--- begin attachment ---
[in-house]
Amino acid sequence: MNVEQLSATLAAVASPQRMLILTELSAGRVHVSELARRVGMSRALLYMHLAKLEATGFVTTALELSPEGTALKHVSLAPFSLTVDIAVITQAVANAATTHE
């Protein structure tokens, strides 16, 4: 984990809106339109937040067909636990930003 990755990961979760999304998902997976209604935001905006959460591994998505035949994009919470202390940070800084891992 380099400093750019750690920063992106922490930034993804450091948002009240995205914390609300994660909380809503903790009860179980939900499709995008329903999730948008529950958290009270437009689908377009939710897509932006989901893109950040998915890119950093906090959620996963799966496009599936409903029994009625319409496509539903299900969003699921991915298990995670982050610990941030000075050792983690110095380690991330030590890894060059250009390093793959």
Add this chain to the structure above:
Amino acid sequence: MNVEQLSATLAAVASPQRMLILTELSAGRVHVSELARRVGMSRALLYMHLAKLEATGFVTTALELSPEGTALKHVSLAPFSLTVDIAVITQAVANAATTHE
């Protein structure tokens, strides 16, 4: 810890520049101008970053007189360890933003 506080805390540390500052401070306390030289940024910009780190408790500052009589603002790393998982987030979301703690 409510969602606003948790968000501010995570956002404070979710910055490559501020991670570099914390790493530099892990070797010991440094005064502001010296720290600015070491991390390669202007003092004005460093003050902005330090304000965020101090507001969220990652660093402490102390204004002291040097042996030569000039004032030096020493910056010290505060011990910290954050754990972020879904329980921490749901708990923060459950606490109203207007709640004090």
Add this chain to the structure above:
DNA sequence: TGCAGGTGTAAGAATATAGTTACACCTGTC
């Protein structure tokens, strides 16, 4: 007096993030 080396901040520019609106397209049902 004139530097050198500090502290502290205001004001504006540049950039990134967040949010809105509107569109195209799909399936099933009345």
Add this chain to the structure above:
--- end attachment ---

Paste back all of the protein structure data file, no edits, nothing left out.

[in-house]
Amino acid sequence: MNVEQLSATLAAVASPQRMLILTELSAGRVHVSELARRVGMSRALLYMHLAKLEATGFVTTALELSPEGTALKHVSLAPFSLTVDIAVITQAVANAATTHE
């Protein structure tokens, strides 16, 4: 984990809106339109937040067909636990930003 990755990961979760999304998902997976209604935001905006959460591994998505035949994009919470202390940070800084891992 380099400093750019750690920063992106922490930034993804450091948002009240995205914390609300994660909380809503903790009860179980939900499709995008329903999730948008529950958290009270437009689908377009939710897509932006989901893109950040998915890119950093906090959620996963799966496009599936409903029994009625319409496509539903299900969003699921991915298990995670982050610990941030000075050792983690110095380690991330030590890894060059250009390093793959």
Add this chain to the structure above:
Amino acid sequence: MNVEQLSATLAAVASPQRMLILTELSAGRVHVSELARRVGMSRALLYMHLAKLEATGFVTTALELSPEGTALKHVSLAPFSLTVDIAVITQAVANAATTHE
């Protein structure tokens, strides 16, 4: 810890520049101008970053007189360890933003 506080805390540390500052401070306390030289940024910009780190408790500052009589603002790393998982987030979301703690 409510969602606003948790968000501010995570956002404070979710910055490559501020991670570099914390790493530099892990070797010991440094005064502001010296720290600015070491991390390669202007003092004005460093003050902005330090304000965020101090507001969220990652660093402490102390204004002291040097042996030569000039004032030096020493910056010290505060011990910290954050754990972020879904329980921490749901708990923060459950606490109203207007709640004090």
Add this chain to the structure above:
DNA sequence: TGCAGGTGTAAGAATATAGTTACACCTGTC
């Protein structure tokens, strides 16, 4: 007096993030 080396901040520019609106397209049902 004139530097050198500090502290502290205001004001504006540049950039990134967040949010809105509107569109195209799909399936099933009345």
Add this chain to the structure above: